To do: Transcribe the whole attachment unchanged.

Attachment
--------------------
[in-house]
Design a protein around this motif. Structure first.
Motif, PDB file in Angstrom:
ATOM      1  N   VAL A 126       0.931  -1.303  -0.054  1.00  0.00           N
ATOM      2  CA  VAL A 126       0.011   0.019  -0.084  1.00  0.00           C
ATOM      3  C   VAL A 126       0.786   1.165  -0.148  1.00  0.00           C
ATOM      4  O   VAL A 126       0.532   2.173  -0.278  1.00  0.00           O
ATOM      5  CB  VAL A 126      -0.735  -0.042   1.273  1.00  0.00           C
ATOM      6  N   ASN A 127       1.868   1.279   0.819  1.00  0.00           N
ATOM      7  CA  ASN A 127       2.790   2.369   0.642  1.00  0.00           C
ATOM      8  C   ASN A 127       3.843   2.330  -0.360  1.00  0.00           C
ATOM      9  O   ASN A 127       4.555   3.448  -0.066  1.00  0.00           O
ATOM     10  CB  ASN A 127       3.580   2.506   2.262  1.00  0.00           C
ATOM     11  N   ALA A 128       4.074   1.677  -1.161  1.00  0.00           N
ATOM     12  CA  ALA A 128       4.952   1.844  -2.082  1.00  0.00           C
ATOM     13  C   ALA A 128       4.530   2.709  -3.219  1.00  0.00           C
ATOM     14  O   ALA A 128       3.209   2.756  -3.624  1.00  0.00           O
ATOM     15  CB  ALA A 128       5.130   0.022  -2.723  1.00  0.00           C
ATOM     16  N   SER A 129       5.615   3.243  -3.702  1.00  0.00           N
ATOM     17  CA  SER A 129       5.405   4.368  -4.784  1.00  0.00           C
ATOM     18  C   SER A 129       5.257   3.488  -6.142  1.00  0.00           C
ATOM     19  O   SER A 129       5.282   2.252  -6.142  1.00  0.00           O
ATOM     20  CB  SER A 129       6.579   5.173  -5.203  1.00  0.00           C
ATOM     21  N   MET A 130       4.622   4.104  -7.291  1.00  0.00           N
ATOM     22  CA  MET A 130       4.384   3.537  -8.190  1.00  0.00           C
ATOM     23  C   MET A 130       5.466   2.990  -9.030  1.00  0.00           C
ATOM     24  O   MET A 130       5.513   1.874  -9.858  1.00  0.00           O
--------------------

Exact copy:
[in-house]
Design a protein around this motif. Structure first.
Motif, PDB file in Angstrom:
ATOM      1  N   VAL A 126       0.931  -1.303  -0.054  1.00  0.00           N
ATOM      2  CA  VAL A 126       0.011   0.019  -0.084  1.00  0.00           C
ATOM      3  C   VAL A 126       0.786   1.165  -0.148  1.00  0.00           C
ATOM      4  O   VAL A 126       0.532   2.173  -0.278  1.00  0.00           O
ATOM      5  CB  VAL A 126      -0.735  -0.042   1.273  1.00  0.00           C
ATOM      6  N   ASN A 127       1.868   1.279   0.819  1.00  0.00           N
ATOM      7  CA  ASN A 127       2.790   2.369   0.642  1.00  0.00           C
ATOM      8  C   ASN A 127       3.843   2.330  -0.360  1.00  0.00           C
ATOM      9  O   ASN A 127       4.555   3.448  -0.066  1.00  0.00           O
ATOM     10  CB  ASN A 127       3.580   2.506   2.262  1.00  0.00           C
ATOM     11  N   ALA A 128       4.074   1.677  -1.161  1.00  0.00           N
ATOM     12  CA  ALA A 128       4.952   1.844  -2.082  1.00  0.00           C
ATOM     13  C   ALA A 128       4.530   2.709  -3.219  1.00  0.00           C
ATOM     14  O   ALA A 128       3.209   2.756  -3.624  1.00  0.00           O
ATOM     15  CB  ALA A 128       5.130   0.022  -2.723  1.00  0.00           C
ATOM     16  N   SER A 129       5.615   3.243  -3.702  1.00  0.00           N
ATOM     17  CA  SER A 129       5.405   4.368  -4.784  1.00  0.00           C
ATOM     18  C   SER A 129       5.257   3.488  -6.142  1.00  0.00           C
ATOM     19  O   SER A 129       5.282   2.252  -6.142  1.00  0.00           O
ATOM     20  CB  SER A 129       6.579   5.173  -5.203  1.00  0.00           C
ATOM     21  N   MET A 130       4.622   4.104  -7.291  1.00  0.00           N
ATOM     22  CA  MET A 130       4.384   3.537  -8.190  1.00  0.00           C
ATOM     23  C   MET A 130       5.466   2.990  -9.030  1.00  0.00           C
ATOM     24  O   MET A 130       5.513   1.874  -9.858  1.00  0.00           O